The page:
The milkweed has turned to seed, its fuzzy beak-shaped pods, bearded with downy tufts, dot the roadside. When the weather starts getting colder and the autumn leaves shed, exposing naked branches, I know it’s time to start getting creative with Calvin. In a few months, when snow is on the ground, it will be too cold—not to mention impossible—for him to walk around outside. Inside there isn’t a lot to entertain us, particularly considering he's not much interested in playing with toys.

Sunday was beautiful, though only in the mid fifties as a brisk fall wind cut through my cottony layers. I bundled Calvin up and loaded him and Rudy into the car. We drove a few miles out to visit my friend Lucretia. In places, the rocky road that leads to Milkweed Farm is like a dry riverbed, gouged and rutted by hard rains. The bouncy ride sometimes makes Calvin laugh.

We drive right up to the house and I help Calvin roll clumsily out of the car seat as much on his own as he can. Rudy heads out to explore the farm which smells warmly of hay and manure, an aroma I remember fondly from horses that boarded on either side of my childhood home. Calvin wants to pat and bite the car forever, so I pry him loose hoping he won’t collapse in the mud in stubborn refusal. Smiling, Lucretia greets me with an embrace, her body warm and strong under a woolly knit sweater vest hugging a floral blouse. She’s got her jeans bunched up above a pair of thick, black, muddied rubber boots that look a size or two too big, though practical enough. With her curly dark, slightly graying hair loosely twisted and tied back, the farmhouse as her backdrop, she seems from a different era, reminds me of a Walker Evans or Dorothea Lang portrait, but lovelier. 

As we enter the house she kicks off her boots and helps me with Calvin, holding his other hand as he steps over the threshold onto a slate floor. It’s quiet inside, her four young children and husband gone out for the day. The air is warm and inviting, smelling of the sweet applesauce stewing on the stovetop. Calvin can’t sit still so, as we visit, I take him up and down the stairs and I wonder if he realizes he’s not at home. The banister, which is on the opposite side of the stairs than ours, confuses him and, as I help him go down, he lifts a leg high into the air as if stepping up. “We’re going down the stairs, Calvin,” I gently remind him.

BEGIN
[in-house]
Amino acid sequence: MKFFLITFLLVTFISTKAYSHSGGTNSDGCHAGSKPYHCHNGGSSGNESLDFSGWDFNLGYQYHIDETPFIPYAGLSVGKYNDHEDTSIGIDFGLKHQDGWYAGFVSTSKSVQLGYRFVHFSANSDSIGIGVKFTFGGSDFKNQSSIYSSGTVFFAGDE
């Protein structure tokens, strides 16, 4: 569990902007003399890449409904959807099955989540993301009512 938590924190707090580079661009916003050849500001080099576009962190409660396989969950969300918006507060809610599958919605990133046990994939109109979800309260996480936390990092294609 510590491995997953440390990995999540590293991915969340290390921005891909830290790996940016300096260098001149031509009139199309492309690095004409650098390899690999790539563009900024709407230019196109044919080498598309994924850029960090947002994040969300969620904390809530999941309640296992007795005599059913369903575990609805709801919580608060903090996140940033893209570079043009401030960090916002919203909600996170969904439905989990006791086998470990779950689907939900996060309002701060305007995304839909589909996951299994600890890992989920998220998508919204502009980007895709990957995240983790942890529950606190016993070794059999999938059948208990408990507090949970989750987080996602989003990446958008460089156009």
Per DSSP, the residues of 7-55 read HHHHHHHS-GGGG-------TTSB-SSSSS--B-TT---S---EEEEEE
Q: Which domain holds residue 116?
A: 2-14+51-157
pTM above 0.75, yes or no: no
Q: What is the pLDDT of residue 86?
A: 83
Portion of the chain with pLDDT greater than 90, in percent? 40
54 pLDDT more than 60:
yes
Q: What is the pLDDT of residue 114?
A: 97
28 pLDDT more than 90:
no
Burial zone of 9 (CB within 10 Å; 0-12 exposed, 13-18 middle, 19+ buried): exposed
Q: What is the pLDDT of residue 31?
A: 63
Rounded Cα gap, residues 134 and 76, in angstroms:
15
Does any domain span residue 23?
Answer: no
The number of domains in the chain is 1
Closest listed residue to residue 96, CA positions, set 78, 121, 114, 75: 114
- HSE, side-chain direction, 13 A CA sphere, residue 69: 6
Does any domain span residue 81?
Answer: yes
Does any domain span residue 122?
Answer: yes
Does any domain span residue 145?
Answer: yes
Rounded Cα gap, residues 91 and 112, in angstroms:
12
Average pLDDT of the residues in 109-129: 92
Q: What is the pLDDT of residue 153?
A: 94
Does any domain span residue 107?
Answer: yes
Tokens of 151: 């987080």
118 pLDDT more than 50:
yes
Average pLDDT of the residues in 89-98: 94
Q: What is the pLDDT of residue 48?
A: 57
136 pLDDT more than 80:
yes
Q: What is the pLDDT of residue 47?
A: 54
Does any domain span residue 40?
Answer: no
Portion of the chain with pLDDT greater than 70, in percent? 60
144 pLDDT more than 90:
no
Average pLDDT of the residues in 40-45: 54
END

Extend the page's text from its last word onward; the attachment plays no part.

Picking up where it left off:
It quickly becomes clear that it’ll be impossible to sit and have a cup of tea with Calvin in tow since he can’t sit by himself on a chair and probably wouldn’t if he could. “I have an idea,” I offered brightly, “why don’t we take our tea out to the car, buckle Calvin in so we can sit and relax for a while?” And we did.

While Calvin drank water from his sippy cup, happily sucked his thumb and poked his eyes—though we tried in vain to stop him—Lucretia and I sat facing each other, each with a knee propped up on our seats. I watched several laying hens skitter outside her door upside down in the reflection of the sunroof. Pigs squirmed, galloped and bucked, the dog barked and Sam, the handsome young farmhand, ran his wheelbarrow barefoot through the turf. As we sipped from heavy mugs of sweetened rooibos tea the cloudy sky darkened as a narrow angle of sun lit a stand of golden maples and oaks. It was a perfect late afternoon outing, as cozy as if we were seated in some cafe nook, surrounded by autumn’s beauty.

When our cups were empty and it was time to go she sent me home with a dozen fresh eggs, still warmish and damp in the carton from having just been washed. She tossed in a pair of coffee colored brass-studded cowboy boots that she never wears, knowing that I’d like them. We hugged and said so long.

I think we’re going to have to make a habit of this as the daylight shifts, the days shorten and the milkweed inevitably gets blanketed in snow.

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